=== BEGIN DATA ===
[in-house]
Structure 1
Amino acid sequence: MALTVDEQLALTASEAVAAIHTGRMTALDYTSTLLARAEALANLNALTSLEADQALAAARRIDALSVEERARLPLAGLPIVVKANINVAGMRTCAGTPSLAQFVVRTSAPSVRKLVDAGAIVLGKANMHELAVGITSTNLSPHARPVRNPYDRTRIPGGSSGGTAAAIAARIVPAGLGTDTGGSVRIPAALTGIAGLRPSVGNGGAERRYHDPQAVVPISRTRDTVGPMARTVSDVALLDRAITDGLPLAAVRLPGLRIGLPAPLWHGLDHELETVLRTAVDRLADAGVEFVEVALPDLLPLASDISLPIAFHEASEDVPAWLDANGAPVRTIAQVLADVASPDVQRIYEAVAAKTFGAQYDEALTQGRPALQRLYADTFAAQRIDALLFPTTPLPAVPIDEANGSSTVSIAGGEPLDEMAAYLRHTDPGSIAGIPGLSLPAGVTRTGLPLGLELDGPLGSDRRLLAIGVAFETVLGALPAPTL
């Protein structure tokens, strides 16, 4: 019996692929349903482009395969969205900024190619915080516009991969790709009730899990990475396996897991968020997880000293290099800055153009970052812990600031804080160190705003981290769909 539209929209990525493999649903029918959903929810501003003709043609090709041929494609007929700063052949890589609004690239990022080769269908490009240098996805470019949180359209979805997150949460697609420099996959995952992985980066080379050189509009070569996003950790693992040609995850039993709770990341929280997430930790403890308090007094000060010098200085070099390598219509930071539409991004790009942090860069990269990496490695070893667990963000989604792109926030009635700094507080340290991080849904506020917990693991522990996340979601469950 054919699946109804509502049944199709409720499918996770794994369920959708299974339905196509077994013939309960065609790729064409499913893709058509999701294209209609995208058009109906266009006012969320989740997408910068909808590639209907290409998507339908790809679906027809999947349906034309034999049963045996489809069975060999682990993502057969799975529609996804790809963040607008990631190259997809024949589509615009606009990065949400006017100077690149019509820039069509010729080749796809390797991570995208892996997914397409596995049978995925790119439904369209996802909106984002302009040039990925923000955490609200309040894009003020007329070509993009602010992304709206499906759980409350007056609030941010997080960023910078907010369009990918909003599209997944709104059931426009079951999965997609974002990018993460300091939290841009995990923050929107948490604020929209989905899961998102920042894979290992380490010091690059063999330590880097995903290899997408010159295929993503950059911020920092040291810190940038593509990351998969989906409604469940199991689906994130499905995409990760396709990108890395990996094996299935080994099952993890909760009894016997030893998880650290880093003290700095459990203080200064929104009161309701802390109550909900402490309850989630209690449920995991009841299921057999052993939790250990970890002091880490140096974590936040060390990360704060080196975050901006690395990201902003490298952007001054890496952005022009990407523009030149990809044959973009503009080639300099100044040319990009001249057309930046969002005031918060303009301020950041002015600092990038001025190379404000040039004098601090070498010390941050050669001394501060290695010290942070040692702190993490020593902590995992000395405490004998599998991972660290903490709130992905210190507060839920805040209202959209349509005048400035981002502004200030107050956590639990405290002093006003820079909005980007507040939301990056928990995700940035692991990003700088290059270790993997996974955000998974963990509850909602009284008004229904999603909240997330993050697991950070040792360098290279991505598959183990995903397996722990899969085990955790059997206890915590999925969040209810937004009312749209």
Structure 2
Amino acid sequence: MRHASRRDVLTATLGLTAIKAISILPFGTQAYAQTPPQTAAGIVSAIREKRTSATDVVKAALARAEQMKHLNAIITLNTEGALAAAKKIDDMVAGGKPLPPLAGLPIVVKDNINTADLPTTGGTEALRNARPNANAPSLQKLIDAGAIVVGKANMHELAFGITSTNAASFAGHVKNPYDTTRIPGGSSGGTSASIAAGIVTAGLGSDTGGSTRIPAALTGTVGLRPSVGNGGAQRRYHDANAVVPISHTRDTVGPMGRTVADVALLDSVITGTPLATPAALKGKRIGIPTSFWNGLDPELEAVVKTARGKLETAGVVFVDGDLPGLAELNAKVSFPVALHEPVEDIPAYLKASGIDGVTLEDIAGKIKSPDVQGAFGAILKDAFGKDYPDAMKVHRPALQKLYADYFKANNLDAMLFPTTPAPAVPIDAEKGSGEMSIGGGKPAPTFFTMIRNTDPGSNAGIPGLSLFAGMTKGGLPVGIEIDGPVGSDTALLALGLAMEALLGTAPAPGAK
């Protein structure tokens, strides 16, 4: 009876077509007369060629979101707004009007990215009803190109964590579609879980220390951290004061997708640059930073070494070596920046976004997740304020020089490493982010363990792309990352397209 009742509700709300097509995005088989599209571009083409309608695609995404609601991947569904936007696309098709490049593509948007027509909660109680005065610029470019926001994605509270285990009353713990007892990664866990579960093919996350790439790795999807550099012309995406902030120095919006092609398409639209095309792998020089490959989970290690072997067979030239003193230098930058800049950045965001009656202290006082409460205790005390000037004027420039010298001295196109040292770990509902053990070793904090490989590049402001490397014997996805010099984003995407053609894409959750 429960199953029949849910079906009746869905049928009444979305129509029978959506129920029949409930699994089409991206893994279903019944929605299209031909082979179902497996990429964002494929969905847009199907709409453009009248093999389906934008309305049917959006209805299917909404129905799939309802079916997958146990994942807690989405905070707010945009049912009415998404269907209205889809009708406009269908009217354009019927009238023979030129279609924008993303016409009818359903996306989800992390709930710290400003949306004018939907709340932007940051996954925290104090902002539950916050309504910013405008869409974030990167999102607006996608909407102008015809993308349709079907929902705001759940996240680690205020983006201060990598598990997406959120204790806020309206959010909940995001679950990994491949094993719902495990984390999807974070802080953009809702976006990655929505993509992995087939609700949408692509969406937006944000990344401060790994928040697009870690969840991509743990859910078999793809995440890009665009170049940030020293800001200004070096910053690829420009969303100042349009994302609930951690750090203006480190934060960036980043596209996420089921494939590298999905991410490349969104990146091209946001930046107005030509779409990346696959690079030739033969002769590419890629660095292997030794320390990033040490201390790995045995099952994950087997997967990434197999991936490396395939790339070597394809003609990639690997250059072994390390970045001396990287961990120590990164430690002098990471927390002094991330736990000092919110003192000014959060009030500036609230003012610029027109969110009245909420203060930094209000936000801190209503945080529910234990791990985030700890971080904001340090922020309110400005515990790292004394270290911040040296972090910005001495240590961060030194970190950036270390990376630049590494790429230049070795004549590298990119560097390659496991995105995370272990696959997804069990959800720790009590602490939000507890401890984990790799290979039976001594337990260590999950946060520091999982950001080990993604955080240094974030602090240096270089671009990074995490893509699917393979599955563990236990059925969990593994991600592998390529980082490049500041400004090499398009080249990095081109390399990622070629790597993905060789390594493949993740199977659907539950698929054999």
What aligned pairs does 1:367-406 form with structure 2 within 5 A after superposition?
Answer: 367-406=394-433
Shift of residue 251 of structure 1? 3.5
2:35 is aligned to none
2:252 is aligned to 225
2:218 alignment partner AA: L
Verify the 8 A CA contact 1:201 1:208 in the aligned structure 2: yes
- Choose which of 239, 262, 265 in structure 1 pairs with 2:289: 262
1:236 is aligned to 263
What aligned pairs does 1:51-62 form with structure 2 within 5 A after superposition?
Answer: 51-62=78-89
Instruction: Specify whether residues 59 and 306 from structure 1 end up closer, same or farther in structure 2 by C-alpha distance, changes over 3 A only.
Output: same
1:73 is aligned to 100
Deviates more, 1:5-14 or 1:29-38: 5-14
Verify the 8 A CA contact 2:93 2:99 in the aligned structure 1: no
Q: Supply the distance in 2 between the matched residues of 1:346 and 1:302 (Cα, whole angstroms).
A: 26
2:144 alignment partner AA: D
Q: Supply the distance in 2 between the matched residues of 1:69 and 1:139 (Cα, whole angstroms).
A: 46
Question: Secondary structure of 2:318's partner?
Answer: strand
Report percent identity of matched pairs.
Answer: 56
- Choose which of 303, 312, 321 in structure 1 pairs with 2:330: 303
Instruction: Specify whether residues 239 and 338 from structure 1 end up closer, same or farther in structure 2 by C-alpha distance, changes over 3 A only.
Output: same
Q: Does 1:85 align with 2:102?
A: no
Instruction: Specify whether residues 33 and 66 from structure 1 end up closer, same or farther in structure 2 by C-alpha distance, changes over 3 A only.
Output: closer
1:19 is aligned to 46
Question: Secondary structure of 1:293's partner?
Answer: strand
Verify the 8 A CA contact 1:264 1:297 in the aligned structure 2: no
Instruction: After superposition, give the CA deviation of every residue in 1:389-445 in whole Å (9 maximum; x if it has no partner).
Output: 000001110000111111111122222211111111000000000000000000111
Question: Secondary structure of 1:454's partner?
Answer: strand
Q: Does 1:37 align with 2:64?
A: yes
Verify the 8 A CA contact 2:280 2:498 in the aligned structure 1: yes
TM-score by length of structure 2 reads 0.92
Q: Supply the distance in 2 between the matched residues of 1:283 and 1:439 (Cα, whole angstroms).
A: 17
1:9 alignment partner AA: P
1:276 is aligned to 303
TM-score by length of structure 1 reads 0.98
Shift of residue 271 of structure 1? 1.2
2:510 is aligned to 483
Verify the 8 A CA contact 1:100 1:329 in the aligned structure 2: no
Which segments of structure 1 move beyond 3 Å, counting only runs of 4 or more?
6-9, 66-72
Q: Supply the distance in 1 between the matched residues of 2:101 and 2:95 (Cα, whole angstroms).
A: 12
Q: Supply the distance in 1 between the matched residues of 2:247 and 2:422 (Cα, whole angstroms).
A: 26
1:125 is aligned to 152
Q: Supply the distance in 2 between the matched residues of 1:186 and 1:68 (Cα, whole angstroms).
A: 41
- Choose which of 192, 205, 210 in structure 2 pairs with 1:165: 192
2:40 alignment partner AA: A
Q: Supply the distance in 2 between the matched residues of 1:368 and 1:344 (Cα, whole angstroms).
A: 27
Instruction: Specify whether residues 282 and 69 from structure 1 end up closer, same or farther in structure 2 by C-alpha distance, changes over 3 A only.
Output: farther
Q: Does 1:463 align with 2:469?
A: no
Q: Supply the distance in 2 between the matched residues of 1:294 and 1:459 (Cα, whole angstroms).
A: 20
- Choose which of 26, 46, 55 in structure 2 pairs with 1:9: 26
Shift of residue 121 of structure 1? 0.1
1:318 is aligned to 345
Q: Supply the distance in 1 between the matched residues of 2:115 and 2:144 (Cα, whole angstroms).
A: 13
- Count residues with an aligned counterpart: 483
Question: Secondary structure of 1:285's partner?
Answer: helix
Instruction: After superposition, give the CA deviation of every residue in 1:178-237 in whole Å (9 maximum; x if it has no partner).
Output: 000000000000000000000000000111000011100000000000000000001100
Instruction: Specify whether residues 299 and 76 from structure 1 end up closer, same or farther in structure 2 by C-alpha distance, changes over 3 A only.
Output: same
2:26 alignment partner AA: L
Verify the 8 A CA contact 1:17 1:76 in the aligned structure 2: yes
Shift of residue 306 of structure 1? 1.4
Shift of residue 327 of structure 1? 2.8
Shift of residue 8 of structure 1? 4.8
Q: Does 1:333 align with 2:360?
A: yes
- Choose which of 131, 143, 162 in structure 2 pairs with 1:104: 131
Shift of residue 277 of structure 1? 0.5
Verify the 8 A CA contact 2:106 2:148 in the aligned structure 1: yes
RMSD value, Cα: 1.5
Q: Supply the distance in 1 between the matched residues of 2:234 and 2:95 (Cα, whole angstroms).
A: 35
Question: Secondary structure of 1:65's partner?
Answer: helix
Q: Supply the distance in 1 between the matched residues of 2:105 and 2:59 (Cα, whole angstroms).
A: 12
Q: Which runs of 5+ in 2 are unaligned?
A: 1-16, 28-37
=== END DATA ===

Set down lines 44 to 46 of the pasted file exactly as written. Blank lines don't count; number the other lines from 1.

Instruction: After superposition, give the CA deviation of every residue in 1:389-445 in whole Å (9 maximum; x if it has no partner).
Output: 000001110000111111111122222211111111000000000000000000111
Question: Secondary structure of 1:454's partner?